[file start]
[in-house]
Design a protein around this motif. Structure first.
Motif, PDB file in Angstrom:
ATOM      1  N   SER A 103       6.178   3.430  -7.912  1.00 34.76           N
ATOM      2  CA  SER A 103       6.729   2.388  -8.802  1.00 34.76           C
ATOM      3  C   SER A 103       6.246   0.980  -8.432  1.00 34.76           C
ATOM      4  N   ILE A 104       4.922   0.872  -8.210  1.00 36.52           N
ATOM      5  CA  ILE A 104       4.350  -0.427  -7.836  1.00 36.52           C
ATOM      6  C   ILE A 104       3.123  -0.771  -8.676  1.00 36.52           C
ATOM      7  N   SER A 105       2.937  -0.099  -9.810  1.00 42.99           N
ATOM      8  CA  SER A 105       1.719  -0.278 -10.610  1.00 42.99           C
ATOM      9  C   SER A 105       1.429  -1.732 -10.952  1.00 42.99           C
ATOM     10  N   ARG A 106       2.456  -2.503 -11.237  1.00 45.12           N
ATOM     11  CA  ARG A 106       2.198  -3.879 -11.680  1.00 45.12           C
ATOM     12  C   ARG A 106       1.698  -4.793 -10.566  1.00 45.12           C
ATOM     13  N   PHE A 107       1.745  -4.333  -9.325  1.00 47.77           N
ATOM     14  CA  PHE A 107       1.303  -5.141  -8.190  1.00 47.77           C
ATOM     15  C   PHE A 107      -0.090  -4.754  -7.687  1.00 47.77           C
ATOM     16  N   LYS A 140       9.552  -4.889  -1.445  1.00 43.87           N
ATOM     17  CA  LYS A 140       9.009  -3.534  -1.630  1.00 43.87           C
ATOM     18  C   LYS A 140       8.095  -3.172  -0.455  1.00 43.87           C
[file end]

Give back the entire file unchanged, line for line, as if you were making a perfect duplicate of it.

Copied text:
[in-house]
Design a protein around this motif. Structure first.
Motif, PDB file in Angstrom:
ATOM      1  N   SER A 103       6.178   3.430  -7.912  1.00 34.76           N
ATOM      2  CA  SER A 103       6.729   2.388  -8.802  1.00 34.76           C
ATOM      3  C   SER A 103       6.246   0.980  -8.432  1.00 34.76           C
ATOM      4  N   ILE A 104       4.922   0.872  -8.210  1.00 36.52           N
ATOM      5  CA  ILE A 104       4.350  -0.427  -7.836  1.00 36.52           C
ATOM      6  C   ILE A 104       3.123  -0.771  -8.676  1.00 36.52           C
ATOM      7  N   SER A 105       2.937  -0.099  -9.810  1.00 42.99           N
ATOM      8  CA  SER A 105       1.719  -0.278 -10.610  1.00 42.99           C
ATOM      9  C   SER A 105       1.429  -1.732 -10.952  1.00 42.99           C
ATOM     10  N   ARG A 106       2.456  -2.503 -11.237  1.00 45.12           N
ATOM     11  CA  ARG A 106       2.198  -3.879 -11.680  1.00 45.12           C
ATOM     12  C   ARG A 106       1.698  -4.793 -10.566  1.00 45.12           C
ATOM     13  N   PHE A 107       1.745  -4.333  -9.325  1.00 47.77           N
ATOM     14  CA  PHE A 107       1.303  -5.141  -8.190  1.00 47.77           C
ATOM     15  C   PHE A 107      -0.090  -4.754  -7.687  1.00 47.77           C
ATOM     16  N   LYS A 140       9.552  -4.889  -1.445  1.00 43.87           N
ATOM     17  CA  LYS A 140       9.009  -3.534  -1.630  1.00 43.87           C
ATOM     18  C   LYS A 140       8.095  -3.172  -0.455  1.00 43.87           C